In the surf a simple three-way rig and pyramid style sinker can put a drum at your feet, but by boat the traditional fish-finder style sliding rig as pictured – with a circle hook – is the best bay to score.

Chum & Fight

Once you’ve found your hot spot along a channel edge or a flat, anchor up and get ready for battle. Before you do anything, start chumming with clam and mussel logs. Drum can be trained like big old bloodhound dogs and if you get a good trail scent going, they’ll follow it right in. Fresh clams or mussels are the primo baits to attract the broomtailed battlers, and any trip out should start by sending down two chumpots off the bow filled with fresh clams and clam juice up.

When a black drum takes the bait, the clicker goes off and makes that heart-stopping sound. Don’t set the hook just yet; drum notoriously sniff around and mouth baits for a few moments before getting the thing down their throat. Sometimes the drum will even play with the bait for a little bit, continually peeling off little sections of line but not committing. Let them run with it until it’s a steady pull five- to seven-count; then simply engage the reel and the circle hook will do its job.

The Delaware Bay drum fleet typically books up well in advance of the May fishery, but if you’re looking to score you can get intel, boat recommendations and fresh clam and rigs by checking in with the folks at Hands Too Bait And Tackle (609-884-2248) on the north side of the Highway 109 Bridge over the Cape May Canal.  Several boats also run out of Fortescue in Downe Township, Cumberland County; for information try Higbee’s Bait and Tackle (856-447-4157) just across the bridge when you head into town.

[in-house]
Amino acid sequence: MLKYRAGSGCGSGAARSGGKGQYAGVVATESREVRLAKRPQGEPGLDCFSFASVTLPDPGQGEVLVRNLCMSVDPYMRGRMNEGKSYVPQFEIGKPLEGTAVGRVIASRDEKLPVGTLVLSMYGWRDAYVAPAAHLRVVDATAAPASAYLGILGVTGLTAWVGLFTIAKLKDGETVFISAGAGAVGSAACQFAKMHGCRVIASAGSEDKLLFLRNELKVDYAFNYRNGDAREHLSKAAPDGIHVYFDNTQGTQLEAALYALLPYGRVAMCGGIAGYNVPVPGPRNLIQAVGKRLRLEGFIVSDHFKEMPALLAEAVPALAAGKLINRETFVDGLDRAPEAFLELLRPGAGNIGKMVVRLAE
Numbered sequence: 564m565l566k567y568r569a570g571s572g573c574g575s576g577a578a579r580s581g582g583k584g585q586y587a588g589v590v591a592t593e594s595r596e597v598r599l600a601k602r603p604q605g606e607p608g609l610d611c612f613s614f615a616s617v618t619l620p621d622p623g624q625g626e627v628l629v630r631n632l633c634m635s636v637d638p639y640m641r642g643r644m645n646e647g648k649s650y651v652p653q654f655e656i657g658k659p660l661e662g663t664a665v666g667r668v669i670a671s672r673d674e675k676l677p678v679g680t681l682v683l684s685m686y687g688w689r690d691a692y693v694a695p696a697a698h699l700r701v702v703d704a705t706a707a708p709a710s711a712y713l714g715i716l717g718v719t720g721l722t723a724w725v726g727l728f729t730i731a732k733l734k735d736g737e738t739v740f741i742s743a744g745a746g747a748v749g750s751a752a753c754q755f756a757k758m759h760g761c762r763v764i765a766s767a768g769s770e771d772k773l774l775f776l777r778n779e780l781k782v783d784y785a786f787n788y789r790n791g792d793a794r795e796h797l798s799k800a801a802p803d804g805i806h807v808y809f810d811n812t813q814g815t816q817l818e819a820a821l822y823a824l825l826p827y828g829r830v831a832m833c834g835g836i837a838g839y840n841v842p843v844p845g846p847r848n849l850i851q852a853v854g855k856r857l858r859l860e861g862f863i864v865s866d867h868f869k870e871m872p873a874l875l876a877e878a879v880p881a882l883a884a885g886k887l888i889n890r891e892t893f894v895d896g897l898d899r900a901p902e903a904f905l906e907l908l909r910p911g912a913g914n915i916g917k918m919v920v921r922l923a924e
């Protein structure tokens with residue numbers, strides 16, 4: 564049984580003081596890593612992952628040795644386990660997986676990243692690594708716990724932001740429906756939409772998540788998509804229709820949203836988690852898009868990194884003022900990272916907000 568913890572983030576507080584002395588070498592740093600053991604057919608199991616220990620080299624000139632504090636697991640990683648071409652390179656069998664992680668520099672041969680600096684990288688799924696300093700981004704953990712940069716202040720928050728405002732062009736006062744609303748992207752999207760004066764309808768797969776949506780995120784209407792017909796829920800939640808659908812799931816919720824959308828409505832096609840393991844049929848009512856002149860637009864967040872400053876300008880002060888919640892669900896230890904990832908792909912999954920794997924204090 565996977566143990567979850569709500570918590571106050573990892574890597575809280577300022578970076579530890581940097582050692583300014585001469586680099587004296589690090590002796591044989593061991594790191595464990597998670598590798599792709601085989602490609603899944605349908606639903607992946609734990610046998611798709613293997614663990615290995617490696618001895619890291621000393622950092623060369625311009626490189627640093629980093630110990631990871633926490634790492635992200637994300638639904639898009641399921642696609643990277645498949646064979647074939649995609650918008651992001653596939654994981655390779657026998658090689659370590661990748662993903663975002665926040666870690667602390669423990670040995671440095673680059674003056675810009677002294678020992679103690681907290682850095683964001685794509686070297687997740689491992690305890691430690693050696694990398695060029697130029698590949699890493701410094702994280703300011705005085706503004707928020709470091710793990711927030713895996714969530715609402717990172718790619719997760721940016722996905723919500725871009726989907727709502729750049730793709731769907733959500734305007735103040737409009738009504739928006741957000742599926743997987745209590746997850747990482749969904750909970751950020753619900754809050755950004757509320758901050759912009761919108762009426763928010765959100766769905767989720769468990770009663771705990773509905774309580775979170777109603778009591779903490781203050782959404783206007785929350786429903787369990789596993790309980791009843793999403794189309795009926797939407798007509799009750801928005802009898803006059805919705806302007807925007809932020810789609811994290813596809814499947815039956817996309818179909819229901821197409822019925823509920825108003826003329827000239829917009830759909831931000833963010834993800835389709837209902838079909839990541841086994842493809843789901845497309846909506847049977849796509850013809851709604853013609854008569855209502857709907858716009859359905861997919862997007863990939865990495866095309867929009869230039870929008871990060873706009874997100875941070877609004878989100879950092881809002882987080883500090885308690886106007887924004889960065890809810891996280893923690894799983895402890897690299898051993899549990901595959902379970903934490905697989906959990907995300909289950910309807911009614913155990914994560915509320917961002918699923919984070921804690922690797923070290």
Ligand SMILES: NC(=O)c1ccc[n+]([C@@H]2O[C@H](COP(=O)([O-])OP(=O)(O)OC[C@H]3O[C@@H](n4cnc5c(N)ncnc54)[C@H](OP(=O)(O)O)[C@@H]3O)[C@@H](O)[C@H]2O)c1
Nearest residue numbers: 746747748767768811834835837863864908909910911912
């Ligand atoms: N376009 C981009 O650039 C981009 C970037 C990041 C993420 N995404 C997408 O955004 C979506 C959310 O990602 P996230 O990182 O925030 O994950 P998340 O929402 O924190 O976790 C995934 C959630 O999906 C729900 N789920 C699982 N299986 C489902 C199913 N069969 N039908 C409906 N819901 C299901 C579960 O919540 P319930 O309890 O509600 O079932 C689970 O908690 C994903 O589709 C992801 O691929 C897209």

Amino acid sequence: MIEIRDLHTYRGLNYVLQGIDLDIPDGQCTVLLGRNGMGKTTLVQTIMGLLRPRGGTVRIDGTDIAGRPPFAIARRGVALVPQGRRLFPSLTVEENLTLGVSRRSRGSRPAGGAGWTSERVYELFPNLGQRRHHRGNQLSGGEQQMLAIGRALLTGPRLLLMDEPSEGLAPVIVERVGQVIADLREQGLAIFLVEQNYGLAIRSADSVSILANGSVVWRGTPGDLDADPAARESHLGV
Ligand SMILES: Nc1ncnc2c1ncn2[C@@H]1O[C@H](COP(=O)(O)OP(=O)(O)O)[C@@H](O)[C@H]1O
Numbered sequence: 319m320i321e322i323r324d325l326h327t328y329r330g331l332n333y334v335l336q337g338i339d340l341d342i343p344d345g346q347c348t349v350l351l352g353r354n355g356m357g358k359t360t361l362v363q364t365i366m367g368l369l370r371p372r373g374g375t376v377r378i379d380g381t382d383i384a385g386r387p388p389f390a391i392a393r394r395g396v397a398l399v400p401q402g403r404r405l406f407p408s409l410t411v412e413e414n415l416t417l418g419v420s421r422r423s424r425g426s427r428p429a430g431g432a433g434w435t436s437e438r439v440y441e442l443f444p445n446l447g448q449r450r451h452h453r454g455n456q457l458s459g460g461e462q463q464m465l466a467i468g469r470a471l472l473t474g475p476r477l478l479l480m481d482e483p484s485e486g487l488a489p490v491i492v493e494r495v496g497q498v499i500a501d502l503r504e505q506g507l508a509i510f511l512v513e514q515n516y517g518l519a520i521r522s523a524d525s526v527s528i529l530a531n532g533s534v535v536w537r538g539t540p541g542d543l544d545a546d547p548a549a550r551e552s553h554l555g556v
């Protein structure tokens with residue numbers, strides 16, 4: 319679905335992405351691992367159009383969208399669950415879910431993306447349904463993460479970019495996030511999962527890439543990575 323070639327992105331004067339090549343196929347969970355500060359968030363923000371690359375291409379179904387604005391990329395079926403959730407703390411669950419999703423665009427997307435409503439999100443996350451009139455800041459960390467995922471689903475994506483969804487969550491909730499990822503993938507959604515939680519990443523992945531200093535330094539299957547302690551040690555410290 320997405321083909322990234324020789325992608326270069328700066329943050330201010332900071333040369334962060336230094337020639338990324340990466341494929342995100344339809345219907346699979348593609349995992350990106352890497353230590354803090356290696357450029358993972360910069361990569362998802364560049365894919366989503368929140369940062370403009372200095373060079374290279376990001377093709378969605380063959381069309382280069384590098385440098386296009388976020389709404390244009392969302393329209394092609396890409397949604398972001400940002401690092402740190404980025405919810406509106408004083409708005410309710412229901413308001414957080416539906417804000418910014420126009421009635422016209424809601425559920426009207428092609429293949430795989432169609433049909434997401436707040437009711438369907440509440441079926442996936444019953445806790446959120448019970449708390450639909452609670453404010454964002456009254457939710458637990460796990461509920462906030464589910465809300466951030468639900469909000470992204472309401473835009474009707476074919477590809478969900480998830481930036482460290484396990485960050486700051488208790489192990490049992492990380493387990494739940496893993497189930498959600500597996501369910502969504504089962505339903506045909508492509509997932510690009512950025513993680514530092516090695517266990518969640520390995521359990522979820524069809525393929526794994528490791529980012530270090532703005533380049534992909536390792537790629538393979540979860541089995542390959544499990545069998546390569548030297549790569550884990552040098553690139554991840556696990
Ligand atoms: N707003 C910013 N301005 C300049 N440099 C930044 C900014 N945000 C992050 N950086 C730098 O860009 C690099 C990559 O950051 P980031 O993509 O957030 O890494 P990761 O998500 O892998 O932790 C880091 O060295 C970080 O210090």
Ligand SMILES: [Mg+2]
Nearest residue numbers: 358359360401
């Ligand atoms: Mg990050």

In Delaware, try checking with the folks at Lewes Harbour Marina fishing center (302-645-6227) for charter boats and advice; the marina is located at 217 Anglers Road in Lewes.  You can also visit Smith Bait at 500 Denny Street in Leipsic, DE or call them for drumming advice at (302-744-9140).

Black drum are night owls by nature. Though they can be taken during morning and daytime hours, the best time to hear the drum go boom is from 5 p.m. onward into sunset – and it doesn’t stop there. As soon as the stars come out, drum tend to get even friskier and the bite lasts solid and strong usually up until the midnight hour.

In the 90’s and early 2000’s catching a handful of huge boomers pushing the 80- to 90-pound mark were relatively commonplace on a night drum trip, but invariably the stocks took a bit of a hit as anglers would stack them on the docks. It’s taken awhile to get them back on track in Delaware Bay, so let’s not repeat the past. The larger black drum are not known as a good eating fish, especially ones over 20 to 30 pounds, and there really is no need to keep the bigger ones, though of course you can legally and if you have a hankering for the taste. My advice is to release any big drum you catch, as it’s much better to see the big Clydesdales swim away to procreate and keep a fun fishery going strong.

Big boomer drum can really put up a tussle and behemoths that push the 90-pound mark are not uncommon in Delaware Bay, with average sizes in the 40- to 80-pound range. If you’ve never buckled down on a big boomer, give it a shot this June.

Enjoy the battle!

Phils Tompkins said his brother Andrew scored a big boomer of a drum in the surf at Monmouth Beach in late April. It would seem that with each passing year black drum continue to spread throughout the region.